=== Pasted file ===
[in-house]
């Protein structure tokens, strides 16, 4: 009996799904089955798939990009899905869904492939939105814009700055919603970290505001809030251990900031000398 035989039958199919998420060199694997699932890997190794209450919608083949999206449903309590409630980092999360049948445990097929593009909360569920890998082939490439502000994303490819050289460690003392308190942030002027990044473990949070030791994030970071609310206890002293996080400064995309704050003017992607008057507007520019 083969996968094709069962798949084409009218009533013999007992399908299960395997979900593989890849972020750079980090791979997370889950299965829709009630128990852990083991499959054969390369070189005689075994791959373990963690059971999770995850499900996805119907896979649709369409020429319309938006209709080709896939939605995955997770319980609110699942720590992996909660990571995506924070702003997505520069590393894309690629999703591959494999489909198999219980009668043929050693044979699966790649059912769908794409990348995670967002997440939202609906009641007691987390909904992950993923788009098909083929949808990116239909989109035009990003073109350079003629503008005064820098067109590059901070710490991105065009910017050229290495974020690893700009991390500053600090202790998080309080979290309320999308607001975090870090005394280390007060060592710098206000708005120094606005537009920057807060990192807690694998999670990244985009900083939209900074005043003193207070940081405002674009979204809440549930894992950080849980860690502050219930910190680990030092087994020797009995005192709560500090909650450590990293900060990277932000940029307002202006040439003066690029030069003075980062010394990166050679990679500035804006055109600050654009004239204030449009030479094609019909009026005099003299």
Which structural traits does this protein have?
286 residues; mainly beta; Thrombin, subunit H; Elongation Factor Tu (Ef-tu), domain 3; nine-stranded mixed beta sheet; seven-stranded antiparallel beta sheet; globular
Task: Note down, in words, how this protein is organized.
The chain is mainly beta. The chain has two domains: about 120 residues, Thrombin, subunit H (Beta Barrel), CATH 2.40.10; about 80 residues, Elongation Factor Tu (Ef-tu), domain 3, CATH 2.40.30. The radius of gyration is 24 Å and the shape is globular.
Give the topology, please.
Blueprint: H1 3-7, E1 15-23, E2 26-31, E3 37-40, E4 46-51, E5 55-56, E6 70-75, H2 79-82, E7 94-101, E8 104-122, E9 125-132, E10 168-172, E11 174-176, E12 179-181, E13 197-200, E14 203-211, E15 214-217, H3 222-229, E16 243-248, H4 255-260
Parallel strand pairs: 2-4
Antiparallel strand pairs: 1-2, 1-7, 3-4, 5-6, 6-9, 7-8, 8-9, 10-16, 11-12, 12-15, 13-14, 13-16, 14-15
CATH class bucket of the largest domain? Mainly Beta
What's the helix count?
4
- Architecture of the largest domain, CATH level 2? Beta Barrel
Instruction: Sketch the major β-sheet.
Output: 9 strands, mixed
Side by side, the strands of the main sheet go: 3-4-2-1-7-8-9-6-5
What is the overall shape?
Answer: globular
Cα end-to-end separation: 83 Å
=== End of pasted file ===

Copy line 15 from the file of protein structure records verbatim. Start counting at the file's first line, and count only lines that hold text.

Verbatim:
Instruction: Sketch the major β-sheet.